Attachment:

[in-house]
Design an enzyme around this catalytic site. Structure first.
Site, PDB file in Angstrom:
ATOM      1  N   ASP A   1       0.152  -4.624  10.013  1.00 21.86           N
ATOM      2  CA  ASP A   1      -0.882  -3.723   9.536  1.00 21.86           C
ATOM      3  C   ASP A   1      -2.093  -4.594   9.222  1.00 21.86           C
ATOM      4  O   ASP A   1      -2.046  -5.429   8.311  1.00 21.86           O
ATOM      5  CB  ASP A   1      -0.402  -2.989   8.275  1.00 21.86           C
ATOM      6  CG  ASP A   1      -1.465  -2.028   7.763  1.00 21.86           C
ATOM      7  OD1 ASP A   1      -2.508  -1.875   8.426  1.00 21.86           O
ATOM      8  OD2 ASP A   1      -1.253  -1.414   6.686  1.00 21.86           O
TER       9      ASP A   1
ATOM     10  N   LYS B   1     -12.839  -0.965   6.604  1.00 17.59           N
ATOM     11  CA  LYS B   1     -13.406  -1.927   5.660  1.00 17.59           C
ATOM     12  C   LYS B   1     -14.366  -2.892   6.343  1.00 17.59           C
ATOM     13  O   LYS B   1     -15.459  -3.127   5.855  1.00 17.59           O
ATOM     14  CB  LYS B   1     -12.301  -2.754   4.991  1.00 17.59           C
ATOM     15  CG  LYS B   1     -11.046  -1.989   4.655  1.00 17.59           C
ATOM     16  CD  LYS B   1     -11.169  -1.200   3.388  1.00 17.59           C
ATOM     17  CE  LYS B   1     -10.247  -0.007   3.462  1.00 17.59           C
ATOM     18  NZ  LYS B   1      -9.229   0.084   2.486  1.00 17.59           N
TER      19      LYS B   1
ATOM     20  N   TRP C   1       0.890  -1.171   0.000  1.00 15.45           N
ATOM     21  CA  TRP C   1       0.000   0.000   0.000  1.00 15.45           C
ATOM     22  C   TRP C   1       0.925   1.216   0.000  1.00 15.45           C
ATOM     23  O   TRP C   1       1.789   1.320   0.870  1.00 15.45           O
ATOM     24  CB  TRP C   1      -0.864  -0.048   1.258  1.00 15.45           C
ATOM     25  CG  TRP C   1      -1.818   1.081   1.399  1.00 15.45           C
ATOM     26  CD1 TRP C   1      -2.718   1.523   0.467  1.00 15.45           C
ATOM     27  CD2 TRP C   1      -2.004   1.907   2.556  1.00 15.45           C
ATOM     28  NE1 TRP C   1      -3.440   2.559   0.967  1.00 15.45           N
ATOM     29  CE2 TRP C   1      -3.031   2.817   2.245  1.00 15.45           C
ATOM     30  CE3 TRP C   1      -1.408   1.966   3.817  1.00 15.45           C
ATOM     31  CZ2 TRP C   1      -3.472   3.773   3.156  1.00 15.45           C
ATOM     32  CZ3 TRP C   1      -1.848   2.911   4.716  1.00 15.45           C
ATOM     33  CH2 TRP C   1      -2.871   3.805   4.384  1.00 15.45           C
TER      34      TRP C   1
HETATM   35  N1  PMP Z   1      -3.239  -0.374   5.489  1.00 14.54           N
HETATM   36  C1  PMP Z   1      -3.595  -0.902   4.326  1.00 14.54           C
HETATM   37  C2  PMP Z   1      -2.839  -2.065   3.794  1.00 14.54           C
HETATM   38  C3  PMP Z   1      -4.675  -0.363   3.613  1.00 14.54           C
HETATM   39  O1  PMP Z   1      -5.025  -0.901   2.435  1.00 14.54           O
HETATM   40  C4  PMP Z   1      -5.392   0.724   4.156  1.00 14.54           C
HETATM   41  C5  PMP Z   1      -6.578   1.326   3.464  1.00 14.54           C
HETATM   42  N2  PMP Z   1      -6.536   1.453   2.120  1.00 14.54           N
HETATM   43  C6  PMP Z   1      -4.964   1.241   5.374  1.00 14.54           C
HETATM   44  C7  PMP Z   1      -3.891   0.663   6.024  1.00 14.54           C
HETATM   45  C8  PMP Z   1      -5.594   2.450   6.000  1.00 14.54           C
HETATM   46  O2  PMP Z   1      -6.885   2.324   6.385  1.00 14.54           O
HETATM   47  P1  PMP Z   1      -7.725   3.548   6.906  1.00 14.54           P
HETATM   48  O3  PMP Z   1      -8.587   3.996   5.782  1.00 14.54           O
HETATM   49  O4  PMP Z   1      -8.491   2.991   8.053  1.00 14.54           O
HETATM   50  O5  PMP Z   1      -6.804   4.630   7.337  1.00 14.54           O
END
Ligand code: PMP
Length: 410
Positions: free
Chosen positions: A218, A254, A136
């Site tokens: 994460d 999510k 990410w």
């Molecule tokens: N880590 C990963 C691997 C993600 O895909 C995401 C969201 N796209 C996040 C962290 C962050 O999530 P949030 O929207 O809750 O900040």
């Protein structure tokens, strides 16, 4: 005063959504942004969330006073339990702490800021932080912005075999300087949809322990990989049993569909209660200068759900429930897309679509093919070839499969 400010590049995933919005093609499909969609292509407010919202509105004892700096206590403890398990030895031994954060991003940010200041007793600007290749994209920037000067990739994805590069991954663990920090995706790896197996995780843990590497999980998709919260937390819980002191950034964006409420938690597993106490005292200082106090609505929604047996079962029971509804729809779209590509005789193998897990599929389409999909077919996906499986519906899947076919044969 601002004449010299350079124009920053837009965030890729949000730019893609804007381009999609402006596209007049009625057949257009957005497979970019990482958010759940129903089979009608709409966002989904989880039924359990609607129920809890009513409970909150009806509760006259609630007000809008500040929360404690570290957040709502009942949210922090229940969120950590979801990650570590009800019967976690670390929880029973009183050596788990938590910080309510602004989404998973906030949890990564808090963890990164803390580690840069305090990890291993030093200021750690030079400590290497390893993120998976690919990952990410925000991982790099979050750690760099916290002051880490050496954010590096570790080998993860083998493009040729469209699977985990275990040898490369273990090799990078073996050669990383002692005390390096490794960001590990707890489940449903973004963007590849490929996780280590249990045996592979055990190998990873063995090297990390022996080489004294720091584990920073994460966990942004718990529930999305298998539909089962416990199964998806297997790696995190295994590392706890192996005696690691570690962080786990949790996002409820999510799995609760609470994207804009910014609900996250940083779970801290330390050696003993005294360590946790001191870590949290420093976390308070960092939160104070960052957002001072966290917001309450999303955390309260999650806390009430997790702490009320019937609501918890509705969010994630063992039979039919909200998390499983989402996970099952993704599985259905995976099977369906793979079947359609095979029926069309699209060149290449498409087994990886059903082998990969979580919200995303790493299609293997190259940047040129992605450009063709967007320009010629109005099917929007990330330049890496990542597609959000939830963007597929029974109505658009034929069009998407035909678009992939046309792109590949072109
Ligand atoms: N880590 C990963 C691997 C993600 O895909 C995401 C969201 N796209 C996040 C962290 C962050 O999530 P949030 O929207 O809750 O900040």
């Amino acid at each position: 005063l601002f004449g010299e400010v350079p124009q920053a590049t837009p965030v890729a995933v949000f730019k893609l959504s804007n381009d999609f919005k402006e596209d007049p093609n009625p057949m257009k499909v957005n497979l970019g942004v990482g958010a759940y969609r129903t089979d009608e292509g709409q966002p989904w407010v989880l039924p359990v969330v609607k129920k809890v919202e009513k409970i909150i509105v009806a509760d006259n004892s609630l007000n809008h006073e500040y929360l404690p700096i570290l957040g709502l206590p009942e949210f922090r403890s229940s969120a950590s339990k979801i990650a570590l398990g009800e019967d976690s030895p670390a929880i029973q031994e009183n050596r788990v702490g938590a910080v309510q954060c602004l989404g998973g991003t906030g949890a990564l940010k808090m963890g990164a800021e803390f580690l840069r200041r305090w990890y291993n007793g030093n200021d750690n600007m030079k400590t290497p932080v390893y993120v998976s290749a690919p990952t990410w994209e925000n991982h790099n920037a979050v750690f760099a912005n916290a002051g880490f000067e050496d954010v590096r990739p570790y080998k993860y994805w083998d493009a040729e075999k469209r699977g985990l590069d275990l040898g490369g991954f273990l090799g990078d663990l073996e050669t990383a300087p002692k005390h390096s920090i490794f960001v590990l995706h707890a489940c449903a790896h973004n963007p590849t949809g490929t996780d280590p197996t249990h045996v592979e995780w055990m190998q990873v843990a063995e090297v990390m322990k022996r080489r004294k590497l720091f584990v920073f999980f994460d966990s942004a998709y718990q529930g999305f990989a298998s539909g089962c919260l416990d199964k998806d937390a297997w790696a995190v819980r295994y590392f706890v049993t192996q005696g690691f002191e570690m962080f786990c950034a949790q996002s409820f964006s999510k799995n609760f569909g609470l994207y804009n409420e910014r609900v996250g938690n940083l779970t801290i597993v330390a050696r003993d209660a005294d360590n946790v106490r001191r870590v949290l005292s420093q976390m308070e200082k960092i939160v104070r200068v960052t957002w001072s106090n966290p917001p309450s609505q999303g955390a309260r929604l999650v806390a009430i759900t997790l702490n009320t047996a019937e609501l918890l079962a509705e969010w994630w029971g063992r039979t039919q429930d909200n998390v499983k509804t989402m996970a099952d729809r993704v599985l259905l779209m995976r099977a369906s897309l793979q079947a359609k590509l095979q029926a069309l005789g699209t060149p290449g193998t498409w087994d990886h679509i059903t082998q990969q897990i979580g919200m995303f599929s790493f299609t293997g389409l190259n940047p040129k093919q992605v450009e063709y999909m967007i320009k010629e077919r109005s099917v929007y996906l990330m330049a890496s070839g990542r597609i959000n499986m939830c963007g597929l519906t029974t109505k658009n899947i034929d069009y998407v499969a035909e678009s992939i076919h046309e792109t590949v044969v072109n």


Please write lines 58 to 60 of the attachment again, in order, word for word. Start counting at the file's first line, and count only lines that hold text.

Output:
Chosen positions: A218, A254, A136
């Site tokens: 994460d 999510k 990410w």
């Molecule tokens: N880590 C990963 C691997 C993600 O895909 C995401 C969201 N796209 C996040 C962290 C962050 O999530 P949030 O929207 O809750 O900040």